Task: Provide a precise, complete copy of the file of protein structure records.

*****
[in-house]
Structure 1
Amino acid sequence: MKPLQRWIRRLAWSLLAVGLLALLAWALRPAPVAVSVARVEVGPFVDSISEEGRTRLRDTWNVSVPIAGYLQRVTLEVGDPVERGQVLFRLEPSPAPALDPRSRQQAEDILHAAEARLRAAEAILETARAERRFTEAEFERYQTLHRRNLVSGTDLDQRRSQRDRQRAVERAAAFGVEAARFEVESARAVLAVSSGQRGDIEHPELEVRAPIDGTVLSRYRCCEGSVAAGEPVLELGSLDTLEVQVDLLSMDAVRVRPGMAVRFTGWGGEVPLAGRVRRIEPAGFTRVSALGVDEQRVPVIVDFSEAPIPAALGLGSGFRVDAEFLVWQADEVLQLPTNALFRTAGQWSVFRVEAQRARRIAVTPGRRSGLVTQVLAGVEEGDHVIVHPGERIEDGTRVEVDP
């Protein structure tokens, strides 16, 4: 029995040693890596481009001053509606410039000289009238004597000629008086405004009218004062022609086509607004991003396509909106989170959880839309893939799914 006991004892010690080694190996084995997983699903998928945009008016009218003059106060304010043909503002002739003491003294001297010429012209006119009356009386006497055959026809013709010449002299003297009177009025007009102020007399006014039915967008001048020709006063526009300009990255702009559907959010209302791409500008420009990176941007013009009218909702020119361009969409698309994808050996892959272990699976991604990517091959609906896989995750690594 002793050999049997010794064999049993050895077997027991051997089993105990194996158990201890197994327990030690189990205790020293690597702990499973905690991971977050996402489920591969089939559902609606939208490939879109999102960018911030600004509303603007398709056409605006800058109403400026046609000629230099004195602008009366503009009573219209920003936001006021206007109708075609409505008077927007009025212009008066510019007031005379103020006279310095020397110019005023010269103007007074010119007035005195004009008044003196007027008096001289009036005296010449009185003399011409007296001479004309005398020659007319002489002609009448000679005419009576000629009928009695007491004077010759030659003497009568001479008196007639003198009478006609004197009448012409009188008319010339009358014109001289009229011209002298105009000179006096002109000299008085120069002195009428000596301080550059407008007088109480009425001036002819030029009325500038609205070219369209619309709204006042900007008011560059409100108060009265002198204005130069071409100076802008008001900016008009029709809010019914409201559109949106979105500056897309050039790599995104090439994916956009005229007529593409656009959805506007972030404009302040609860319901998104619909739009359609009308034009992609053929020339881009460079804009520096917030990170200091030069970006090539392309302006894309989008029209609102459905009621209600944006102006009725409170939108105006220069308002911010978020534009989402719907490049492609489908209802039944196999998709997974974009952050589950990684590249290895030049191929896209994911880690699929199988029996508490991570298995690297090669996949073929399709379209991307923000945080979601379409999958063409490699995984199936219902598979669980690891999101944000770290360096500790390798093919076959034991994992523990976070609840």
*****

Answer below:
[in-house]
Structure 1
Amino acid sequence: MKPLQRWIRRLAWSLLAVGLLALLAWALRPAPVAVSVARVEVGPFVDSISEEGRTRLRDTWNVSVPIAGYLQRVTLEVGDPVERGQVLFRLEPSPAPALDPRSRQQAEDILHAAEARLRAAEAILETARAERRFTEAEFERYQTLHRRNLVSGTDLDQRRSQRDRQRAVERAAAFGVEAARFEVESARAVLAVSSGQRGDIEHPELEVRAPIDGTVLSRYRCCEGSVAAGEPVLELGSLDTLEVQVDLLSMDAVRVRPGMAVRFTGWGGEVPLAGRVRRIEPAGFTRVSALGVDEQRVPVIVDFSEAPIPAALGLGSGFRVDAEFLVWQADEVLQLPTNALFRTAGQWSVFRVEAQRARRIAVTPGRRSGLVTQVLAGVEEGDHVIVHPGERIEDGTRVEVDP
């Protein structure tokens, strides 16, 4: 029995040693890596481009001053509606410039000289009238004597000629008086405004009218004062022609086509607004991003396509909106989170959880839309893939799914 006991004892010690080694190996084995997983699903998928945009008016009218003059106060304010043909503002002739003491003294001297010429012209006119009356009386006497055959026809013709010449002299003297009177009025007009102020007399006014039915967008001048020709006063526009300009990255702009559907959010209302791409500008420009990176941007013009009218909702020119361009969409698309994808050996892959272990699976991604990517091959609906896989995750690594 002793050999049997010794064999049993050895077997027991051997089993105990194996158990201890197994327990030690189990205790020293690597702990499973905690991971977050996402489920591969089939559902609606939208490939879109999102960018911030600004509303603007398709056409605006800058109403400026046609000629230099004195602008009366503009009573219209920003936001006021206007109708075609409505008077927007009025212009008066510019007031005379103020006279310095020397110019005023010269103007007074010119007035005195004009008044003196007027008096001289009036005296010449009185003399011409007296001479004309005398020659007319002489002609009448000679005419009576000629009928009695007491004077010759030659003497009568001479008196007639003198009478006609004197009448012409009188008319010339009358014109001289009229011209002298105009000179006096002109000299008085120069002195009428000596301080550059407008007088109480009425001036002819030029009325500038609205070219369209619309709204006042900007008011560059409100108060009265002198204005130069071409100076802008008001900016008009029709809010019914409201559109949106979105500056897309050039790599995104090439994916956009005229007529593409656009959805506007972030404009302040609860319901998104619909739009359609009308034009992609053929020339881009460079804009520096917030990170200091030069970006090539392309302006894309989008029209609102459905009621209600944006102006009725409170939108105006220069308002911010978020534009989402719907490049492609489908209802039944196999998709997974974009952050589950990684590249290895030049191929896209994911880690699929199988029996508490991570298995690297090669996949073929399709379209991307923000945080979601379409999958063409490699995984199936219902598979669980690891999101944000770290360096500790390798093919076959034991994992523990976070609840």